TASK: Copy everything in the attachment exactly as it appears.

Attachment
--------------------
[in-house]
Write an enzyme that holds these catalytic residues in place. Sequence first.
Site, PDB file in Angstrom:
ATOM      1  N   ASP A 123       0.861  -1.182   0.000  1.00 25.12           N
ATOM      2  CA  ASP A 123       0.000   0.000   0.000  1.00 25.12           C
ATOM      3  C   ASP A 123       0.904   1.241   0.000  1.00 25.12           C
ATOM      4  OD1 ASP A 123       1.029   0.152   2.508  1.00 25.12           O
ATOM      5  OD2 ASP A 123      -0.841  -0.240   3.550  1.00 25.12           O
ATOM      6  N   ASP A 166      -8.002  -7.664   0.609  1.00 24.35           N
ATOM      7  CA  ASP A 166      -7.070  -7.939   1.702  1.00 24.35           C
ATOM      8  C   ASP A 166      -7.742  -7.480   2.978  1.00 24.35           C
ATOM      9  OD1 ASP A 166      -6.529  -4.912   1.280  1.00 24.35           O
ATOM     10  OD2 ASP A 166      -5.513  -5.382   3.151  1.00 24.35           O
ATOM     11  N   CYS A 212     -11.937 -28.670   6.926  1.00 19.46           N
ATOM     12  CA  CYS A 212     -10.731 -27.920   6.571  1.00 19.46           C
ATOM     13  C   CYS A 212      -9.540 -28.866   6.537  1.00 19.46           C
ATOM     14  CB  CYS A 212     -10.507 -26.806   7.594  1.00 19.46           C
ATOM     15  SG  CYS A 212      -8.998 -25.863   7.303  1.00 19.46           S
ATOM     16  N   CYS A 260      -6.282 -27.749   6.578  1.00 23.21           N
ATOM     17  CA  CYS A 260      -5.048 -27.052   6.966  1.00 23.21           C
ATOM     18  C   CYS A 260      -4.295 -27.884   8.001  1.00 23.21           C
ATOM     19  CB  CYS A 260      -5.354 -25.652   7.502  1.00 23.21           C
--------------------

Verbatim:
[in-house]
Write an enzyme that holds these catalytic residues in place. Sequence first.
Site, PDB file in Angstrom:
ATOM      1  N   ASP A 123       0.861  -1.182   0.000  1.00 25.12           N
ATOM      2  CA  ASP A 123       0.000   0.000   0.000  1.00 25.12           C
ATOM      3  C   ASP A 123       0.904   1.241   0.000  1.00 25.12           C
ATOM      4  OD1 ASP A 123       1.029   0.152   2.508  1.00 25.12           O
ATOM      5  OD2 ASP A 123      -0.841  -0.240   3.550  1.00 25.12           O
ATOM      6  N   ASP A 166      -8.002  -7.664   0.609  1.00 24.35           N
ATOM      7  CA  ASP A 166      -7.070  -7.939   1.702  1.00 24.35           C
ATOM      8  C   ASP A 166      -7.742  -7.480   2.978  1.00 24.35           C
ATOM      9  OD1 ASP A 166      -6.529  -4.912   1.280  1.00 24.35           O
ATOM     10  OD2 ASP A 166      -5.513  -5.382   3.151  1.00 24.35           O
ATOM     11  N   CYS A 212     -11.937 -28.670   6.926  1.00 19.46           N
ATOM     12  CA  CYS A 212     -10.731 -27.920   6.571  1.00 19.46           C
ATOM     13  C   CYS A 212      -9.540 -28.866   6.537  1.00 19.46           C
ATOM     14  CB  CYS A 212     -10.507 -26.806   7.594  1.00 19.46           C
ATOM     15  SG  CYS A 212      -8.998 -25.863   7.303  1.00 19.46           S
ATOM     16  N   CYS A 260      -6.282 -27.749   6.578  1.00 23.21           N
ATOM     17  CA  CYS A 260      -5.048 -27.052   6.966  1.00 23.21           C
ATOM     18  C   CYS A 260      -4.295 -27.884   8.001  1.00 23.21           C
ATOM     19  CB  CYS A 260      -5.354 -25.652   7.502  1.00 23.21           C